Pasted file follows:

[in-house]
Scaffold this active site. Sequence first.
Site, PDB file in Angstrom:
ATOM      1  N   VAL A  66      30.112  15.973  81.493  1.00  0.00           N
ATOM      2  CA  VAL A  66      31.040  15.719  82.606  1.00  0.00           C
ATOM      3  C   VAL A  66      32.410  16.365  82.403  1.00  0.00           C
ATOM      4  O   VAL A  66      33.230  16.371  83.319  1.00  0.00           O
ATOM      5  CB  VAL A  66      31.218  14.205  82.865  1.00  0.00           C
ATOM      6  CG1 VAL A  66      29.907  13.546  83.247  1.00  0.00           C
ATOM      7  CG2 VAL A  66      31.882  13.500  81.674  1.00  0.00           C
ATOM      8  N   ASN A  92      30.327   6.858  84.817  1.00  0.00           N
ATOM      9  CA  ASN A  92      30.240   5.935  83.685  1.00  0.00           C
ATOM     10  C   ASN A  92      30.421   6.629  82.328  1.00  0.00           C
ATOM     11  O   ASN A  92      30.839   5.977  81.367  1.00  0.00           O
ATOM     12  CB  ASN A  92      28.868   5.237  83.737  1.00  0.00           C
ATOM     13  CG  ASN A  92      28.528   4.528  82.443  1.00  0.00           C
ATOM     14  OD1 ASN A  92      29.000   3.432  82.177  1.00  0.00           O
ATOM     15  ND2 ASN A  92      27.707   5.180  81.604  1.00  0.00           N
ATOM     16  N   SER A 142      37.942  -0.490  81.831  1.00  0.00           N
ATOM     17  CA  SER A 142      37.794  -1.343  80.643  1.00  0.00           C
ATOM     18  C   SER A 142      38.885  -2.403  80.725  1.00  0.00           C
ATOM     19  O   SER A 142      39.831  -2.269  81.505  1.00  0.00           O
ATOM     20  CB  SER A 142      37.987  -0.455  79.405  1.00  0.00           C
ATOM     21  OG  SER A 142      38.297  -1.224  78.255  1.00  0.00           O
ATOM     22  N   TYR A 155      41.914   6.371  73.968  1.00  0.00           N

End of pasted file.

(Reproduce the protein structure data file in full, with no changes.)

[in-house]
Scaffold this active site. Sequence first.
Site, PDB file in Angstrom:
ATOM      1  N   VAL A  66      30.112  15.973  81.493  1.00  0.00           N
ATOM      2  CA  VAL A  66      31.040  15.719  82.606  1.00  0.00           C
ATOM      3  C   VAL A  66      32.410  16.365  82.403  1.00  0.00           C
ATOM      4  O   VAL A  66      33.230  16.371  83.319  1.00  0.00           O
ATOM      5  CB  VAL A  66      31.218  14.205  82.865  1.00  0.00           C
ATOM      6  CG1 VAL A  66      29.907  13.546  83.247  1.00  0.00           C
ATOM      7  CG2 VAL A  66      31.882  13.500  81.674  1.00  0.00           C
ATOM      8  N   ASN A  92      30.327   6.858  84.817  1.00  0.00           N
ATOM      9  CA  ASN A  92      30.240   5.935  83.685  1.00  0.00           C
ATOM     10  C   ASN A  92      30.421   6.629  82.328  1.00  0.00           C
ATOM     11  O   ASN A  92      30.839   5.977  81.367  1.00  0.00           O
ATOM     12  CB  ASN A  92      28.868   5.237  83.737  1.00  0.00           C
ATOM     13  CG  ASN A  92      28.528   4.528  82.443  1.00  0.00           C
ATOM     14  OD1 ASN A  92      29.000   3.432  82.177  1.00  0.00           O
ATOM     15  ND2 ASN A  92      27.707   5.180  81.604  1.00  0.00           N
ATOM     16  N   SER A 142      37.942  -0.490  81.831  1.00  0.00           N
ATOM     17  CA  SER A 142      37.794  -1.343  80.643  1.00  0.00           C
ATOM     18  C   SER A 142      38.885  -2.403  80.725  1.00  0.00           C
ATOM     19  O   SER A 142      39.831  -2.269  81.505  1.00  0.00           O
ATOM     20  CB  SER A 142      37.987  -0.455  79.405  1.00  0.00           C
ATOM     21  OG  SER A 142      38.297  -1.224  78.255  1.00  0.00           O
ATOM     22  N   TYR A 155      41.914   6.371  73.968  1.00  0.00           N